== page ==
These gardens are a peaceful escape away from the crowds of the bamboo forest. Entry costs 1000 Yen and includes a cup of traditional Matcha tea and a Japanese sweet.
The Kinkaku-ji or Rokuon-ji is a Buddhist Zen Temple in Kyoto, commonly described as the golden pavilion. The serene aura of this temple soothes the senses. Furthermore, the breathtaking gold facade of the temple casts a dazzling silhouette on the surrounding lake and gardens.
As one of Japan’s most-visited sights, Kinkaku-ji receives a tremendous influx of tourists every day of the year. Thus, I would suggest getting there just in time for the opening – at 9 am or just before the closing at 5 pm. Admission costs 400 yen.
Fushimi Inari Taisha Shrine
In popular opinion, the spellbinding Fushimi Inari Taisha shrine is the greatest Shinto shrine in Japan. It is easy to see why – the striking orange and red torii gates, more than a thousand in number, guard the main shrine.
Fushimi Inari Taisha is the head shrine amongst over 30,000 smaller shrines across the country, all dedicated to the Shinto god of rice Inari. An expansive labyrinth of trails leads up to the shrine atop Mount Inari.
Dating back to 711 AD, the shrine consists of five symbolic pillars, in conjunction with a network of fox statues. It is believed that Inari sent messages through foxes.
Due to its mountainous location, the walking route can be challenging for some people. However, the awe-inspiring view from the summit of Mount Inari is well worth the estimated 2-hour hike to the top, This is especially true around sunset time.
Day 6: Day Trip to Osaka
Barely an hour away from Kyoto, lies the wonderful port city of Osaka. It’s famous for its delectable street food and commercial trade and is a contemporary paradise.
After the peaceful retreat of Kyoto, Osaka offers the bustling attraction of a major Japanese city, in a similar vein to the more illustrious Tokyo.
There are plenty of sightseeing options in Osaka. While traveling solo to Japan, visit them all.
Shinsekai Street and Tsūtenkaku Tower
Shinsekai Street in downtown Osaka is the embodiment of quirky Japanese pop culture. With the northern half being modelled on the Parisian architectural style and the southern end taking inspiration from the glitzy skyscrapers of New York, Shinsekai is a glorious fusion of global culture in a Japanese setting.
The street food here is amongst the cheapest yet the most delicious in Japan. Pop-up, in-your-face art is applied to portray traditional Japanese cuisine including Gyoza (fried pork dumplings), Ramen (pork/egg noodles served in a thick broth), Sushi, and an array of seafood including octopus, lobster, mackerel, salmon, tuna and cod.
Bang in the centre of Shinsekai street, lies the Tsūtenkaku Tower. As a popular landmark in Osaka, the tower provides access to an elevated observation deck. It offers panoramic views reaching as far out as the neighbouring city of Kobe. The observatory of the tower is open for admission from 9 am to 9 pm, and tickets cost 700 Yen each.
Umeda Sky Building
The Umeda Sky Building is a spectacular skyscraper in Osaka. Located north of Osaka station in the city centre, the high-tech architecture of the tower is a sight to behold.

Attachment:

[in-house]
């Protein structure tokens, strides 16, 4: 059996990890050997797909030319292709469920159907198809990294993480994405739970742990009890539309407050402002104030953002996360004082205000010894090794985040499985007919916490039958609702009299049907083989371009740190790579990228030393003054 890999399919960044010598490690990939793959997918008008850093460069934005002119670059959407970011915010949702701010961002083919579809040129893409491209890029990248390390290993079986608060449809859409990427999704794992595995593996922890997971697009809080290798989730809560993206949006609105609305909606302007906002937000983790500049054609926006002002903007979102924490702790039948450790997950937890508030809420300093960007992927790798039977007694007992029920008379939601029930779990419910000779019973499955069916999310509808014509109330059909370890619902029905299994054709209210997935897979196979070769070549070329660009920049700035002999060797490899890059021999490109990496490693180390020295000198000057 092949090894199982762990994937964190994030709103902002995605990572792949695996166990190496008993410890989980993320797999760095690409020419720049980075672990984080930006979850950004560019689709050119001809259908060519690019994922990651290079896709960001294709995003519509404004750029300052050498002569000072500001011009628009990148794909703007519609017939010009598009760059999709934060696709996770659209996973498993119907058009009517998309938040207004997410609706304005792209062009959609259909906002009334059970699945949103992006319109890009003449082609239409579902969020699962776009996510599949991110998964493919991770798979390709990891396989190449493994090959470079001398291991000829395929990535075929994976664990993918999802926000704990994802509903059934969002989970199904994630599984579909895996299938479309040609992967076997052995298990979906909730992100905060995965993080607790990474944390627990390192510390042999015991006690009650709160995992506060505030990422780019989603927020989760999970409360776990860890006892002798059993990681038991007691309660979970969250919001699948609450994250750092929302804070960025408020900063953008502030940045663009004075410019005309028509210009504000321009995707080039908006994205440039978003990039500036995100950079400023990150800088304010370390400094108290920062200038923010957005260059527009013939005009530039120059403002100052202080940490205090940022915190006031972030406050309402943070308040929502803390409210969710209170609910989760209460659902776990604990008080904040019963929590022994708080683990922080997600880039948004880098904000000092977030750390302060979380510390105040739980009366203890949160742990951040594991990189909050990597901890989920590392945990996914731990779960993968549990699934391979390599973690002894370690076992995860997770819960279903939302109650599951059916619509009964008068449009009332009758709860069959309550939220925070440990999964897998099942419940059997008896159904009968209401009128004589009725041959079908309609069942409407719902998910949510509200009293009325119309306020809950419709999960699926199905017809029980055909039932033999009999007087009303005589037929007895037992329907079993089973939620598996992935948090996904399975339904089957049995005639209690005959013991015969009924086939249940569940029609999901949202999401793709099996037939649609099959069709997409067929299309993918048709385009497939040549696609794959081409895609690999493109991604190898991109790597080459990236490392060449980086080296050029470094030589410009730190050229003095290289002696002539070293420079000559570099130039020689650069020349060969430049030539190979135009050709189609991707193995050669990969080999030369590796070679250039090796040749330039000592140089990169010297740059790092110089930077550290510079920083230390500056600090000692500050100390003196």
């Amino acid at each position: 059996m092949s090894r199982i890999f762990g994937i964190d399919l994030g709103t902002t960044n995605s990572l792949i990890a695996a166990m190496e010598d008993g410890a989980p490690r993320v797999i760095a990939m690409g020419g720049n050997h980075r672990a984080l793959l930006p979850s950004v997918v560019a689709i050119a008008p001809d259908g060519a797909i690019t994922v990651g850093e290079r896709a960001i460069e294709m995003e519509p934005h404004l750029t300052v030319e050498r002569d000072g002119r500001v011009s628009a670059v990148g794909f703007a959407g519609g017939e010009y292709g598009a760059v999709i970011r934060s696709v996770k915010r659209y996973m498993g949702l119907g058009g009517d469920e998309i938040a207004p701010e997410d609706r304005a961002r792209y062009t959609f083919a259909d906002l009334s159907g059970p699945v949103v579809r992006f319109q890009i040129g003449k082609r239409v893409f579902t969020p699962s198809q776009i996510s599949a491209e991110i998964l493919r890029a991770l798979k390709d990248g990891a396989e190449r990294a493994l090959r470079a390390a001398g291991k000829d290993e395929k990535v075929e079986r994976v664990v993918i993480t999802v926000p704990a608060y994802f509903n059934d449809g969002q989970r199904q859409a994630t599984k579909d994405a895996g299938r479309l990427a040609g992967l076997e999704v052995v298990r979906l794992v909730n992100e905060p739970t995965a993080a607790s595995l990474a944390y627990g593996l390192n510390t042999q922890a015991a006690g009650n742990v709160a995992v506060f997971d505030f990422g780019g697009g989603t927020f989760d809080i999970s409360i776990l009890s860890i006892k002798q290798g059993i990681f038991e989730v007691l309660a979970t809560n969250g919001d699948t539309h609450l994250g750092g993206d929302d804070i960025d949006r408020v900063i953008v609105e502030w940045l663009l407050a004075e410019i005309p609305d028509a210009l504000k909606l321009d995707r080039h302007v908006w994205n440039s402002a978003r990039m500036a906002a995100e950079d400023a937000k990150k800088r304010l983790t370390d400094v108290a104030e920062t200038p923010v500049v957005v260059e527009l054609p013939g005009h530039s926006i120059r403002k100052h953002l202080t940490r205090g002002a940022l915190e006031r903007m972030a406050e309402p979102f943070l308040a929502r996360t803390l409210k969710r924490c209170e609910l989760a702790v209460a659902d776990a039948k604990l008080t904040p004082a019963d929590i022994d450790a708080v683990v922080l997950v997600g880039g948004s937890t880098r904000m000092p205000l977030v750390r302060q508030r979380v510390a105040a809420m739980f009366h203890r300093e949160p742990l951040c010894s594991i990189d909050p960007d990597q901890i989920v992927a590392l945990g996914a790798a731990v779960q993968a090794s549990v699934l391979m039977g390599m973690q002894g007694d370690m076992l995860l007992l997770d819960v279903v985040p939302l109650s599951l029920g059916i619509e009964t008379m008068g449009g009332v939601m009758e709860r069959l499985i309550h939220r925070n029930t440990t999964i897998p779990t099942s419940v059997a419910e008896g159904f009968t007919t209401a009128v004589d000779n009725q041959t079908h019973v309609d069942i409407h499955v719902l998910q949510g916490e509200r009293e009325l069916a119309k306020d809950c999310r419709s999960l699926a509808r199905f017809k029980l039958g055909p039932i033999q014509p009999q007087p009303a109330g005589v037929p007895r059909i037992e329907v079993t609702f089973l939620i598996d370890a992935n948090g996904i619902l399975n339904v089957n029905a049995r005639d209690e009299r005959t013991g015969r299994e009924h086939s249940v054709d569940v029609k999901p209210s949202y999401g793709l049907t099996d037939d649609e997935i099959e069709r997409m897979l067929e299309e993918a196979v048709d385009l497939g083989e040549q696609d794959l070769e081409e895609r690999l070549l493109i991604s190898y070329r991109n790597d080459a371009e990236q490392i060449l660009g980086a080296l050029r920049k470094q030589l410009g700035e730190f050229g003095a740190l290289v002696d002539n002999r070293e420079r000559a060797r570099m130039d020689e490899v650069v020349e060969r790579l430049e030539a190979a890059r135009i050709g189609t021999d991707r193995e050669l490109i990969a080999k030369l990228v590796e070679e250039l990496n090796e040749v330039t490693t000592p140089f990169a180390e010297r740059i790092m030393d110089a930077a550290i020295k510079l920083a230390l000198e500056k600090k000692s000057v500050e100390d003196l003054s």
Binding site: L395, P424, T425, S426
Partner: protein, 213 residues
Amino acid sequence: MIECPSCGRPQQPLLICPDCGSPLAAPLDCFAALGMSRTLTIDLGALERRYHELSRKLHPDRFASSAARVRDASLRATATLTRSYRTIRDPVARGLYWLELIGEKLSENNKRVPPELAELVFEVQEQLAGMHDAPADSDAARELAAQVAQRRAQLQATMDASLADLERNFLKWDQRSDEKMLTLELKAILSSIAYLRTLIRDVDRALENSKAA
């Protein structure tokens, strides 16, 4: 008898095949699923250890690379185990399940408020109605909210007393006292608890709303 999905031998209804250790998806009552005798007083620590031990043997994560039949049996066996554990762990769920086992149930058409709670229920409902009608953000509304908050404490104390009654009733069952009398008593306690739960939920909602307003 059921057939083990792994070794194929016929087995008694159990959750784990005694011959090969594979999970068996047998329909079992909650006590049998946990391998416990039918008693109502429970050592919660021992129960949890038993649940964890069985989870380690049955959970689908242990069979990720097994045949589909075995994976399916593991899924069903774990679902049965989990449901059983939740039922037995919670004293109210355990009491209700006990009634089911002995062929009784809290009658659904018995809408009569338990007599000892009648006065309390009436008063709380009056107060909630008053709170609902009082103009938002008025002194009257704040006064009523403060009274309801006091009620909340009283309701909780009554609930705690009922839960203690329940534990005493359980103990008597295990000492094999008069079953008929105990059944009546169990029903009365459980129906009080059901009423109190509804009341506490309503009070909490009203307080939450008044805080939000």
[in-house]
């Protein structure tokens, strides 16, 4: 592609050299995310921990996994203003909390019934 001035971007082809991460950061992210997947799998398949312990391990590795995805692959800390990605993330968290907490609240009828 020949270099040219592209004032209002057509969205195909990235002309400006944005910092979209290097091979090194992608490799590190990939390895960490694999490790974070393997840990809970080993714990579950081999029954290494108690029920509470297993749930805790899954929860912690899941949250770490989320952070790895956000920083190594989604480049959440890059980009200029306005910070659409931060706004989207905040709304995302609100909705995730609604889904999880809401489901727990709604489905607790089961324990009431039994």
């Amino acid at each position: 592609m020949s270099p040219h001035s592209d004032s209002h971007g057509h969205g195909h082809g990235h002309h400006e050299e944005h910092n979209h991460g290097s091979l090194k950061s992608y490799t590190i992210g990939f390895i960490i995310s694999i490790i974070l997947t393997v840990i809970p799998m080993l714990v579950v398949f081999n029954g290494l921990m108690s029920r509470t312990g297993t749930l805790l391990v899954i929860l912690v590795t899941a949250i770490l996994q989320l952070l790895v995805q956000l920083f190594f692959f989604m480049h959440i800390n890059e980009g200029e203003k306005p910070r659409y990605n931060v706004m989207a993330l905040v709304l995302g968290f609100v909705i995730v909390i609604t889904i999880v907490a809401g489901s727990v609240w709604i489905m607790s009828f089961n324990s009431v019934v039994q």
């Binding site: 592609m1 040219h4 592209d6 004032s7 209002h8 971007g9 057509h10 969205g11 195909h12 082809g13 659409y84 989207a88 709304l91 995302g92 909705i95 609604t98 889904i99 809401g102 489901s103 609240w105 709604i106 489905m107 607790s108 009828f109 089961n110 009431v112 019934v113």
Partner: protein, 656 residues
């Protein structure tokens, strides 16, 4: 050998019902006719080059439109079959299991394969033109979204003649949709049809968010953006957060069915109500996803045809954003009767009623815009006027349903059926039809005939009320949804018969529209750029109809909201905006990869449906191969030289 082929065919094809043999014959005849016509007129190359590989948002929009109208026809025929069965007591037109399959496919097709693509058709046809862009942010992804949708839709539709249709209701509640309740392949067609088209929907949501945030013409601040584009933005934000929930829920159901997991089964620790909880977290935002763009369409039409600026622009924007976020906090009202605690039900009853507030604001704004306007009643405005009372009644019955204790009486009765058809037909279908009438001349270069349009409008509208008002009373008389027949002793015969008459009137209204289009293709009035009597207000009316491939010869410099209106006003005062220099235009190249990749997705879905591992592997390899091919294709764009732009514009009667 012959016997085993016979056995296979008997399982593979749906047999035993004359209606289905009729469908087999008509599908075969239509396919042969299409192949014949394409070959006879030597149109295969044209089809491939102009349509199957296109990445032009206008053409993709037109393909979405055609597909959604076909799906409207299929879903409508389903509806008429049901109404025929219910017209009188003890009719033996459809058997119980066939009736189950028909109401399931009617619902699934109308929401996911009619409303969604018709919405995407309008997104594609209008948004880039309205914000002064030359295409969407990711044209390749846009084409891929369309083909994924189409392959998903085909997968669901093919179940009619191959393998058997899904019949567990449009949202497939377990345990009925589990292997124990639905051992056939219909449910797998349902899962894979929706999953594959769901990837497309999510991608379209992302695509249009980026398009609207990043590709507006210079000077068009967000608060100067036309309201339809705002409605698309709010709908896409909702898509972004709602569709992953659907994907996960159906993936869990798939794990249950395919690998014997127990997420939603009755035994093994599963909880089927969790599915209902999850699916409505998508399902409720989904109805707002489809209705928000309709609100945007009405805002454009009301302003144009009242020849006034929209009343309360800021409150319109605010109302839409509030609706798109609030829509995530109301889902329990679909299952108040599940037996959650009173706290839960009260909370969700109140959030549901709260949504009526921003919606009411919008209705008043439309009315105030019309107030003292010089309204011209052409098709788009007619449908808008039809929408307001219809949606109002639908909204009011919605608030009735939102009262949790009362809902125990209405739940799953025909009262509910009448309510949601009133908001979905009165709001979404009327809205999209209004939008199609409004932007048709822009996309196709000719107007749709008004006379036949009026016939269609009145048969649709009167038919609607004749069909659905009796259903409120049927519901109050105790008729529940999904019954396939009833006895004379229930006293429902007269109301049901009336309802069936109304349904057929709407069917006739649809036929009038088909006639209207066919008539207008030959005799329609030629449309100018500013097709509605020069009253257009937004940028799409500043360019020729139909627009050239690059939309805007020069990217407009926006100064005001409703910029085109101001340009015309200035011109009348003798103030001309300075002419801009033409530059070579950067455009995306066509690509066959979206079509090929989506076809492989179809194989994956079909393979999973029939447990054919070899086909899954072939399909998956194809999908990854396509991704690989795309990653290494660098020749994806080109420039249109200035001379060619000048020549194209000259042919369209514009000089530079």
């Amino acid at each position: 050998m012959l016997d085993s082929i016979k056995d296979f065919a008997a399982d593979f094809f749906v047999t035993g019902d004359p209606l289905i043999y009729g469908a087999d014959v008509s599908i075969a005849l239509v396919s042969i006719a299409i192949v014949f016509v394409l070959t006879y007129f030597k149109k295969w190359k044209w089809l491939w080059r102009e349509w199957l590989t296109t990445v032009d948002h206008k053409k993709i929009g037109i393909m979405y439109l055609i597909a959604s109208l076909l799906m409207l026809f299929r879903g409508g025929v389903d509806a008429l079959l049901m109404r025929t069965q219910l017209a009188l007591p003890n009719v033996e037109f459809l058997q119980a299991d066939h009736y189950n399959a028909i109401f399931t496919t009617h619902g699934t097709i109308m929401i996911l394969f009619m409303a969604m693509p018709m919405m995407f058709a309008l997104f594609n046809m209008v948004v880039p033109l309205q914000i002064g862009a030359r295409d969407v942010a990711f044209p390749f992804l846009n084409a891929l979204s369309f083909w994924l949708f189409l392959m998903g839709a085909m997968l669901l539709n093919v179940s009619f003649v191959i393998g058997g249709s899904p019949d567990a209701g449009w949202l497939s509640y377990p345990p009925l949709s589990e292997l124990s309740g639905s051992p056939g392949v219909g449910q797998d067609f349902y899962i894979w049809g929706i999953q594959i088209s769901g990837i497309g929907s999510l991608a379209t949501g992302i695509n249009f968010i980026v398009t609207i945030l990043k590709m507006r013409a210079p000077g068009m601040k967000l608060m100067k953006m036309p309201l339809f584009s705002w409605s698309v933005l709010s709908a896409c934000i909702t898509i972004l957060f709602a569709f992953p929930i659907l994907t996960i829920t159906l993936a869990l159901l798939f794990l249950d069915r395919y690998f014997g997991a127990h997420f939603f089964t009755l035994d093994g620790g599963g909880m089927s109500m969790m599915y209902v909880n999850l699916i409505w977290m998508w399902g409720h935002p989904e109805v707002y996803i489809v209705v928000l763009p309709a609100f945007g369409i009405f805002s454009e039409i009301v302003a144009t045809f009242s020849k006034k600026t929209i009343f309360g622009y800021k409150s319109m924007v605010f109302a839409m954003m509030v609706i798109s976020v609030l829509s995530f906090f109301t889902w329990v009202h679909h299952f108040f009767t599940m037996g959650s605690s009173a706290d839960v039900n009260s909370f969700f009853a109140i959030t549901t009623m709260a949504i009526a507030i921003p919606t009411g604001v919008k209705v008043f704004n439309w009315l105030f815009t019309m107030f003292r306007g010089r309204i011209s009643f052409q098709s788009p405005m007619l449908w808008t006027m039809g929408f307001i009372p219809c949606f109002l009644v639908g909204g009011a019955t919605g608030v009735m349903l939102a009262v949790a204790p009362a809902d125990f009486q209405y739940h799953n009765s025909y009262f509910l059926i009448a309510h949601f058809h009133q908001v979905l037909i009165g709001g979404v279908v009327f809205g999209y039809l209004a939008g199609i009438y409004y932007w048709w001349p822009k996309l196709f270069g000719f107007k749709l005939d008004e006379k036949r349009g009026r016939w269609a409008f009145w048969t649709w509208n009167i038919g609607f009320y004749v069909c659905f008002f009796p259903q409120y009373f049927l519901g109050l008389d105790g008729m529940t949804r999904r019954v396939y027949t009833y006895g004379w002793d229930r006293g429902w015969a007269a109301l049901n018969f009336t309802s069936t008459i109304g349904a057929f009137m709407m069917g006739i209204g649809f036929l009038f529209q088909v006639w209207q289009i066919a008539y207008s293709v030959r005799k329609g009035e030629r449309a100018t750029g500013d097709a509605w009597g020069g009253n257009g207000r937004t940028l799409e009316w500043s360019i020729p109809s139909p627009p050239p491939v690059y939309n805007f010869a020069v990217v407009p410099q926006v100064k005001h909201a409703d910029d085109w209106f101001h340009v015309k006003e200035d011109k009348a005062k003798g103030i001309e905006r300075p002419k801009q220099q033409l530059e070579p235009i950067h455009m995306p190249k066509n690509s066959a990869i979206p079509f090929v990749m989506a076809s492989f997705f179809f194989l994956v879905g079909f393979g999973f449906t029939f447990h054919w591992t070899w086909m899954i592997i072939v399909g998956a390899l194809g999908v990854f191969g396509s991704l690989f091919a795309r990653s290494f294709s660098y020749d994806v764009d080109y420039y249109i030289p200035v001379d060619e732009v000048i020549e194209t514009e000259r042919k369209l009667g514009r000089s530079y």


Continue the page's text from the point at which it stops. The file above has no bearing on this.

40 floors extend to a height of 173 m in this striking structure that was constructed in 1993 using a reinforced mixture of glass and steel.
The Umeda Sky Building is at its best at night, when the vivid neon lights of the concrete jungle yield an amazing spectacle. The observatory is open every day from 09:30 am to 10:30 pm and entry cost 1000 yen. While traveling solo to Japan, do visit here.
Dōtonbori Canal and Street
The Dōtonbori area is often termed as the bright beating heart of Osaka. The Dōtonbori canal runs through downtown Osaka, surrounding which lies the lively entertainment district of the city.
Short boat cruises pass through the canal, and a limitless frenzy of tourists run amok on the streets adjacent to the canal. Despite being jampacked, Dōtonbori symbolizes Japan at its very best.
Therefore while traveling solo to Japan, you have got to pay this place a visit.
Day 7: Return to Tokyo and board the Return Flight to Delhi
After one of the best weeks of my life, it was time to bid farewell to the ‘Land of the Rising Sun.’ Japan has been an incredible host to me, and I felt grateful to have been embraced with open arms.
Before visiting, I thought that the language barrier was going to be a challenge that would hamper my trip. However, this hurdle was merely an unnecessary mental construct rather than a real worry.
Food in Japan
Japanese cuisine is unanimously regarded as one of the tastiest and healthiest in the world. However, apart from Sushi which has seeped through global markets and become a culinary phenomenon, the country of Japan is home to many more traditional dishes that have not yet received the attention that they deserve.
While traveling solo to Japan, you have got to invest time in eating the various Japanese delicacies.
The flavourful broth of Ramen noodles tastes delicious with succulent slices of pork, topped with a soft boiled egg. Deep-fried Gyoza pork dumplings are a delectable and wholesome evening snack. Finally, battered seafood dishes constitute the appetizing tempura style of Japanese cooking.